Alex: Another thing we picked up at a workshop we had, facilitated by you guys, is the ability to mark a goal of a certain type—personal versus not personal – so you can understand that might affect the percentage numbers, just from a metric standpoint. If 20% of goals are personal goals, they’re obviously not going to be aligned, and so that might affect the number. We think 50% is about right.
We also love the software. We think the software is awesome—and we keep getting that feedback. The easiest part of the whole thing, frankly, is getting people to use BetterWorks. They enjoy using it. There’s still lots of learning they need to do, but overall it’s very good.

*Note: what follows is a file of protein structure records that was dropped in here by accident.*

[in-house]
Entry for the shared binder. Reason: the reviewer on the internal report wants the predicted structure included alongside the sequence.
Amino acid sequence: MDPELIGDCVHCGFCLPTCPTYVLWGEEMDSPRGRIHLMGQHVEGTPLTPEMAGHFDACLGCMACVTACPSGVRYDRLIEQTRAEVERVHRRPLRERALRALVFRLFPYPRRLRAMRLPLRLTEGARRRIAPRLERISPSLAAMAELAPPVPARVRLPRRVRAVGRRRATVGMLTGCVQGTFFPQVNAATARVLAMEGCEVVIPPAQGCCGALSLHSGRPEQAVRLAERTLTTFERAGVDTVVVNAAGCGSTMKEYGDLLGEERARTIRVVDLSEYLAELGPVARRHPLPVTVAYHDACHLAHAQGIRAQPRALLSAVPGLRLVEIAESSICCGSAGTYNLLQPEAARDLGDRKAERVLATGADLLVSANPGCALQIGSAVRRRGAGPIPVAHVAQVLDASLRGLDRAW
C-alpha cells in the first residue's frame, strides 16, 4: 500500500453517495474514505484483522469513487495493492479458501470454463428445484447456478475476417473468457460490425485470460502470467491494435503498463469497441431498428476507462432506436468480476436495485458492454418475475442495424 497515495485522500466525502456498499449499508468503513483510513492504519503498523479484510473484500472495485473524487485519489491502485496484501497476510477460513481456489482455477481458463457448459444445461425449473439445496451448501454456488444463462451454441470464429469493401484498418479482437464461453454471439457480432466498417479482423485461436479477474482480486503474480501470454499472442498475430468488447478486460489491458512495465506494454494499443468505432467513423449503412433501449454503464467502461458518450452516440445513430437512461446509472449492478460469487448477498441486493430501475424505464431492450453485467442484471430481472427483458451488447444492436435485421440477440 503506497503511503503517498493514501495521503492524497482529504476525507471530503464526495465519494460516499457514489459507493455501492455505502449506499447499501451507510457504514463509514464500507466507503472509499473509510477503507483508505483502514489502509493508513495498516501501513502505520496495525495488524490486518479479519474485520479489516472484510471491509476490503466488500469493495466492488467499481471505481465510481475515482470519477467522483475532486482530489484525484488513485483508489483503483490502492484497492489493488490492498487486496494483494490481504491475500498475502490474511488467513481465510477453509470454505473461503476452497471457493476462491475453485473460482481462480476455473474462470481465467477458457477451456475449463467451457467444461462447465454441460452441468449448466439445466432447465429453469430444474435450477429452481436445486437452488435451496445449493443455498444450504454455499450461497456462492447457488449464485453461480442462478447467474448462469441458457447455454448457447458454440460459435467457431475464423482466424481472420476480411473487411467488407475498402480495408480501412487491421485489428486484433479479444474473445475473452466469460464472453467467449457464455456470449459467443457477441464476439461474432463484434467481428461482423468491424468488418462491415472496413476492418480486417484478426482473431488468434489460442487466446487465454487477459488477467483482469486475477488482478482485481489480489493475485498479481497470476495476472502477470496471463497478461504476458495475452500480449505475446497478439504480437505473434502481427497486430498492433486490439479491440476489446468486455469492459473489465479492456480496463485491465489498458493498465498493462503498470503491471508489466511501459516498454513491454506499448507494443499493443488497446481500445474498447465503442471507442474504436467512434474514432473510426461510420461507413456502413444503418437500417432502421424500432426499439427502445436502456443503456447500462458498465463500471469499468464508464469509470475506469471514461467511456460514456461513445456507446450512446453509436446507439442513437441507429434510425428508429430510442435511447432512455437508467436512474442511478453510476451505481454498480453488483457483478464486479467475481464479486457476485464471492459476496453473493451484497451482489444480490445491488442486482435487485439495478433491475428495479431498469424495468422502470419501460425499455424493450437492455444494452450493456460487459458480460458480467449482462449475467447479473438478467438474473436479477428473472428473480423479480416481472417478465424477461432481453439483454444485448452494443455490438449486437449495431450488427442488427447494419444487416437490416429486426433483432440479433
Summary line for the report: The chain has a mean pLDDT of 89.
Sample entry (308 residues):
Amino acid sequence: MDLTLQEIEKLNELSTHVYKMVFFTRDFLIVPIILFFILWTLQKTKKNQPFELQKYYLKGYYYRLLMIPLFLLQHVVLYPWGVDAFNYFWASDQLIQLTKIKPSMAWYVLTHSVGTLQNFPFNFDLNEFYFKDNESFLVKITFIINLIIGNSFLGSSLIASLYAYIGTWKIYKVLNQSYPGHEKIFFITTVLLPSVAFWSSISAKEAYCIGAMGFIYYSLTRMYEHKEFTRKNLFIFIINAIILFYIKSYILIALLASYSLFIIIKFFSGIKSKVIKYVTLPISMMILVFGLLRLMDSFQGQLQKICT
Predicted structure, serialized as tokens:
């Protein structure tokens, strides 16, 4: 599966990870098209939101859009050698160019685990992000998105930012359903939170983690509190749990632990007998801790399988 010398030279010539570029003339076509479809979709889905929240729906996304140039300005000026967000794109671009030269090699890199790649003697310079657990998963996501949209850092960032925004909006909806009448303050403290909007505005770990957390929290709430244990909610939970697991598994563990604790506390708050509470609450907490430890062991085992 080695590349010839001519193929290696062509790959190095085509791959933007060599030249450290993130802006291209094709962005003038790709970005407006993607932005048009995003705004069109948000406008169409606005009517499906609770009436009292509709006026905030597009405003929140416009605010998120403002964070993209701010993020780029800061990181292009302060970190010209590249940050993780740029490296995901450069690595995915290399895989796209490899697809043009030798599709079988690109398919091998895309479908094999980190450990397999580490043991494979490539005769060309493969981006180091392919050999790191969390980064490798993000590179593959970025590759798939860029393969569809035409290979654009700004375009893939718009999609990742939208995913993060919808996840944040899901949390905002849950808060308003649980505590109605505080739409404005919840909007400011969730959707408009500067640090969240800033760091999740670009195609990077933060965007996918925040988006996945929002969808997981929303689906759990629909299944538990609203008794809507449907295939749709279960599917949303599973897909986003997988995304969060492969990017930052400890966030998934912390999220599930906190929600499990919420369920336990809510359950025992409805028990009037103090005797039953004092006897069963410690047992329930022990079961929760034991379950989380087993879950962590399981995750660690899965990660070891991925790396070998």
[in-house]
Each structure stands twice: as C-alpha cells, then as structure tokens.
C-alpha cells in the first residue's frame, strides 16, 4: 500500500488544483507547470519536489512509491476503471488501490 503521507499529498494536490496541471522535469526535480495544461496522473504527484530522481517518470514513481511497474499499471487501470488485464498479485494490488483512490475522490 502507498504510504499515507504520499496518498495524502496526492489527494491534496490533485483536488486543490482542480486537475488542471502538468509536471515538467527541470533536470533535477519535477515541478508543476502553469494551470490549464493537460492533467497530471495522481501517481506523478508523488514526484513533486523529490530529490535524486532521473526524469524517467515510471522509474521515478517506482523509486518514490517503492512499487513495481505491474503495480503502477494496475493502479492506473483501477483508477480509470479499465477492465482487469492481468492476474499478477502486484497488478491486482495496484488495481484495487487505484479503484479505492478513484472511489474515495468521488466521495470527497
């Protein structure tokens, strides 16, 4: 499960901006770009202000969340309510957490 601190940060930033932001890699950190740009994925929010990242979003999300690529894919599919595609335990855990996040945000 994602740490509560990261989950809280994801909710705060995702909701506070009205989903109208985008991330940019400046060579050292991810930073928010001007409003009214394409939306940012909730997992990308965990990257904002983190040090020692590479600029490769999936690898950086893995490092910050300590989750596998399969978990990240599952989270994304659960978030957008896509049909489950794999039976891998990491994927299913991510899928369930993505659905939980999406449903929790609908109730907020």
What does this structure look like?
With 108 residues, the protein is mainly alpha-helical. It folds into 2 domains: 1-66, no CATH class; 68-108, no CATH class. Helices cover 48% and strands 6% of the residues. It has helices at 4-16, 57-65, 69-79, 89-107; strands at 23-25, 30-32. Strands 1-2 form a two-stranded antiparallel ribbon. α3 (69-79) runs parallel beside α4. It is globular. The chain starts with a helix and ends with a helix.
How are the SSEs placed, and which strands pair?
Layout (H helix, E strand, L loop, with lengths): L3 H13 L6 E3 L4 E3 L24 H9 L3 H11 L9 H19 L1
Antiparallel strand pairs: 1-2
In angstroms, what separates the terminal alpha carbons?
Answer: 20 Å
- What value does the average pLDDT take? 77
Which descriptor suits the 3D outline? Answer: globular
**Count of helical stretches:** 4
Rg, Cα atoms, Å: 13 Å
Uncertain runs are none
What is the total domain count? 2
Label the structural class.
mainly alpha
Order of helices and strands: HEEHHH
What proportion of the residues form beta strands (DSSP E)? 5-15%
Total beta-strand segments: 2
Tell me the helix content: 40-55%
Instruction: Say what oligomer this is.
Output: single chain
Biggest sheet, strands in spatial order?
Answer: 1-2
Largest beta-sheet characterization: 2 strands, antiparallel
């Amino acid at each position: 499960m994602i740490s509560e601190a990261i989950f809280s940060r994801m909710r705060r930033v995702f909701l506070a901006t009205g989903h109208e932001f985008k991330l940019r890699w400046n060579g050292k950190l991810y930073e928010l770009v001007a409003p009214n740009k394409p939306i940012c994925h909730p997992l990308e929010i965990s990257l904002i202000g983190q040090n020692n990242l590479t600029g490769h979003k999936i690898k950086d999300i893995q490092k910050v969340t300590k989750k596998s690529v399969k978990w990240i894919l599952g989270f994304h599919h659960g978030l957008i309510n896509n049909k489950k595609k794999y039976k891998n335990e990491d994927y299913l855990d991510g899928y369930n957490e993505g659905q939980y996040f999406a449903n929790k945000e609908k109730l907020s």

What’s been important for you in communicating about BetterWorks and the new process for goal-setting?
Alex: I read Kris Duggan’s blog post talking about performance management and how people are just throwing it out, it’s irrelevant. How can you have goals for one year and then not change that after about 30 days or 60 days? That was a problem we wanted to fix. Another was a real sense of transparency and driving accountability. It’s a cultural issue around accountability that we’re really trying to drive. Everybody said they want to be accountable; everybody wants everybody else to be accountable. But how can you really do that if you don’t have a level of transparency about who’s signing off on what commitments, and in what time frame? You can’t have accountability without transparency, and people agree that that’s something we wanted to improve.